Some CCAS departments cut course sections, financial aid offers

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Ben Vinson, dean of the Columbian College of Arts and Sciences, said the college is determining how to reallocate resources after missing revenue projections this year.

Updated March 27, 2014 at 3:50 p.m.

To make up for a budget shortfall in GW’s largest college, some departments will offer fewer course sections or smaller financial aid packages next year.

Columbian College of Arts and Sciences dean Ben Vinson has spent the last several weeks meeting with department chairs and deciding how to cut budgets for next year after a 4 percent enrollment decline sunk revenue by more than $1 million this year.

The college isn’t taking a “one-size-fits-all” approach to the spending cuts or recruitment strategies, Provost Steven Lerman said. For instance, the chair of the statistics department said master’s students would see less financial aid, while the organizational sciences and communication department chair, Clay Warren, said it sliced class sections.

“Each department needs to think about what its highest priorities are,” Lerman said. Vinson added in an email last week that he expected all funding decisions to be made by the end of the semester.

Warren said in an interview that his department decided a few weeks ago to offer fewer course sections, but that they had not had to lay off any faculty members.

He said the biggest challenge departments faced when deciding what to cut is balancing what might just be a one-year anomaly in the college’s enrollment.

Some departments have either cut part-time positions, or decreased those professors’ workloads, like Warren’s department. But that can have serious implications if the number of students increases next year, he said.

“You try to retain them because now you’ve spent time and effort investing in them,” he said. “Once that investment has been made, it isn’t good for anyone. The people you’ve brought in and worked with leave and won’t return when you want them to.”

Some graduate students without funded graduate assistantships in the English Department were told last month that they would not be offered classes to teach next semester because of the cuts. Chairs of departments like American studies, sociology, political science and religion declined or did not return requests for comment on the budget hole.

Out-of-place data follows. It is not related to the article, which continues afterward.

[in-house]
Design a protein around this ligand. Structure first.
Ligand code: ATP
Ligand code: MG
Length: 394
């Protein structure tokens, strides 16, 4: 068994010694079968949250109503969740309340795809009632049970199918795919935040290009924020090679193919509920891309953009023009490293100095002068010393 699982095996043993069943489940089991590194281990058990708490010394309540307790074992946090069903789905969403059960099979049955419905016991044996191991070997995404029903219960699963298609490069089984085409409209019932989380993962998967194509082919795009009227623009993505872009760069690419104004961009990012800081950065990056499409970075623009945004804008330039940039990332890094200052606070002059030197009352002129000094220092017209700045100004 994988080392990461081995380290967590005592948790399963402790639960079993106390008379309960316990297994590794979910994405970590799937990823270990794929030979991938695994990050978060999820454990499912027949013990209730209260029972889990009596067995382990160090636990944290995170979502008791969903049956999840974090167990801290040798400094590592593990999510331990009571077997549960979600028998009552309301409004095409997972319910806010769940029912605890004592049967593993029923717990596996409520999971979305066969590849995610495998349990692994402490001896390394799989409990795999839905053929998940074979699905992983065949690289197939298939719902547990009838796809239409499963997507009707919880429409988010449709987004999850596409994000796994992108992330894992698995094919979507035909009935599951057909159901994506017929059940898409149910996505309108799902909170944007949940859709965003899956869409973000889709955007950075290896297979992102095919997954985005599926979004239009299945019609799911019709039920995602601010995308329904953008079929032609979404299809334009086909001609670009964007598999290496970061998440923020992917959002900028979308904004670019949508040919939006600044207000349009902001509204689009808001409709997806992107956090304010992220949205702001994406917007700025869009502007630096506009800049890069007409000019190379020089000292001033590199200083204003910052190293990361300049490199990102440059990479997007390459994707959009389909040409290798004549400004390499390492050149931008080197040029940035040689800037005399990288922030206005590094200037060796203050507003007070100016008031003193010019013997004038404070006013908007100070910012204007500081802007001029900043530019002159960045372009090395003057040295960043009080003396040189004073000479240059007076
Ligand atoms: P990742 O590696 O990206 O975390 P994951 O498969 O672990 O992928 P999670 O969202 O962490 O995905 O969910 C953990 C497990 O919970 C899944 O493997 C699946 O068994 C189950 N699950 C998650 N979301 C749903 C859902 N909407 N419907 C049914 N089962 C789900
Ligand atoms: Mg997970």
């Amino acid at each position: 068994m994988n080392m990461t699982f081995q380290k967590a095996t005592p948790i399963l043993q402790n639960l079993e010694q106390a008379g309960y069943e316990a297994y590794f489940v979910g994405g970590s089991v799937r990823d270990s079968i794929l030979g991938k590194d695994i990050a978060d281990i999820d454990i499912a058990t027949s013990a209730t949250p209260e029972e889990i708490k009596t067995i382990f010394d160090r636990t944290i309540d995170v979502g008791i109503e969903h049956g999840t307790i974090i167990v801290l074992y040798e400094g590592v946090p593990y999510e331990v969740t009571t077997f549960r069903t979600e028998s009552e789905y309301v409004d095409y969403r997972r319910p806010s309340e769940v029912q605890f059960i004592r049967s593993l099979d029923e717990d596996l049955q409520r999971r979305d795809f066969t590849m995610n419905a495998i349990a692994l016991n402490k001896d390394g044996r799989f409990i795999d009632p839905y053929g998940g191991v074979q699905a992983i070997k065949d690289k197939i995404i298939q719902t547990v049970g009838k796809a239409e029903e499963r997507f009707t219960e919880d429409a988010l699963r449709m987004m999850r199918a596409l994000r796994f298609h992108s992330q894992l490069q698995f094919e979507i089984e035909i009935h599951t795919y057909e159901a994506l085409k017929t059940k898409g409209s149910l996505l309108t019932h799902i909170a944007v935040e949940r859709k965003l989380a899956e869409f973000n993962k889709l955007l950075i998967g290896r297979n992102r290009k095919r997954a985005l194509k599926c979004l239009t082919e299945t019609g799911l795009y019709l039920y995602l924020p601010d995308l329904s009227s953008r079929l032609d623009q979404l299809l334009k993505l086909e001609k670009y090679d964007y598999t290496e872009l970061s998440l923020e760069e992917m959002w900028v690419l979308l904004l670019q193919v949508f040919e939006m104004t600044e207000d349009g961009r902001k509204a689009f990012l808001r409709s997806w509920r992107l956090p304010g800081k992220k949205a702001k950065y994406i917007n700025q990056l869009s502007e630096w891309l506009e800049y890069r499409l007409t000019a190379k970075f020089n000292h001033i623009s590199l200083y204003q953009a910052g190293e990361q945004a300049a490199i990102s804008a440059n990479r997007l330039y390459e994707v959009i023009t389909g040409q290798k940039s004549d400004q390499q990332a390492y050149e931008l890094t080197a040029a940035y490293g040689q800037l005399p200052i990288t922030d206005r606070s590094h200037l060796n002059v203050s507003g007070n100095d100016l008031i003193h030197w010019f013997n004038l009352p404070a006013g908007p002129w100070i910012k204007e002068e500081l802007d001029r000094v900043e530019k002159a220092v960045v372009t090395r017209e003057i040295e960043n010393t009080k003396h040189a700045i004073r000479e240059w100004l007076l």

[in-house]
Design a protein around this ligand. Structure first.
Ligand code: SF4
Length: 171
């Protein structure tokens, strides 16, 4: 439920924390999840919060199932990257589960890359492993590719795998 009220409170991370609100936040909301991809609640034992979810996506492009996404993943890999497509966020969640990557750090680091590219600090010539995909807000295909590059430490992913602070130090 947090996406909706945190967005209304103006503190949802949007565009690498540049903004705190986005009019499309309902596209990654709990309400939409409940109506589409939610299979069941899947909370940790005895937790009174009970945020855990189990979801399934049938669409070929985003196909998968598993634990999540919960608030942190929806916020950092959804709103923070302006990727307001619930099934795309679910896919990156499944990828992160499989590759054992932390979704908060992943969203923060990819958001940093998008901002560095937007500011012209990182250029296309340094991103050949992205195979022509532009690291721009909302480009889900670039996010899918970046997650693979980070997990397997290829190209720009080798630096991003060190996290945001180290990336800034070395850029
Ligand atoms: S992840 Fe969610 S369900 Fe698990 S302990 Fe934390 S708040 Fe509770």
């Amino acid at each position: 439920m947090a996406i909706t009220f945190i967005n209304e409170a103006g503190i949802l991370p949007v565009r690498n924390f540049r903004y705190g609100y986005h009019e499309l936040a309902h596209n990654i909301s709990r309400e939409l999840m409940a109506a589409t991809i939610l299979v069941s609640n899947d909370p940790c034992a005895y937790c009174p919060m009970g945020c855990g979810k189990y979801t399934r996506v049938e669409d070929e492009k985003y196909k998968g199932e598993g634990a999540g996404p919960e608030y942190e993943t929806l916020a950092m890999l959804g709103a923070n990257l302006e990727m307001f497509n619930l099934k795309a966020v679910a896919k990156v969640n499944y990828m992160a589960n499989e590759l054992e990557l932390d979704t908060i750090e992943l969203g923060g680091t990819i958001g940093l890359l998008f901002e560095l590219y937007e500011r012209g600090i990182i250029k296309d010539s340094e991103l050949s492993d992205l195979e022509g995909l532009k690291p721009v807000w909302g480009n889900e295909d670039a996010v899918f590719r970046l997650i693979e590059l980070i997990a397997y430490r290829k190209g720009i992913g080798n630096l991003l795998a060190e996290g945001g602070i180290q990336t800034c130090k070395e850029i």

Several department chairs said the size of their programs had not decreased, but they were considering how to cut expenses for the college.

The statistics department has had an enrollment surge in their masters program over the last four years, as recruitment of Chinese students has brought in more revenue.

Still, Zhaohai Li, the chair of the department, said it could have to reduce the financial aid packages they offer master’s students due to budget cuts over the next year. Offering accepted students smaller aid packages could affect how many students ultimately enroll, he said.

“It could have a negative impact,” Li said. “The impact is probably more toward the enrollment of 2014 and 2015.”

The enrollment drops have been mostly across the board, Lerman said, and that some departments were actively looking to bring the number of students back up. This was the first time in at least 13 years that the University’s total graduate enrollment had dropped – a hiccup in an era where GW relies on graduate tuition to pad its bottom line.

The University has not released data on which departments saw the steepest enrollment drops.

Other departments in CCAS are making plans to increase enrollment in master’s degree programs.

To do so, departments can add new courses covering new, popular topics in the subject, Lerman said. GW offers 12 graduate certificate programs, which David Rain, director of the environmental studies program, said could be used to grow enrollment, too.

Departments will also target more undergraduates at specific schools to market GW, Lerman added.

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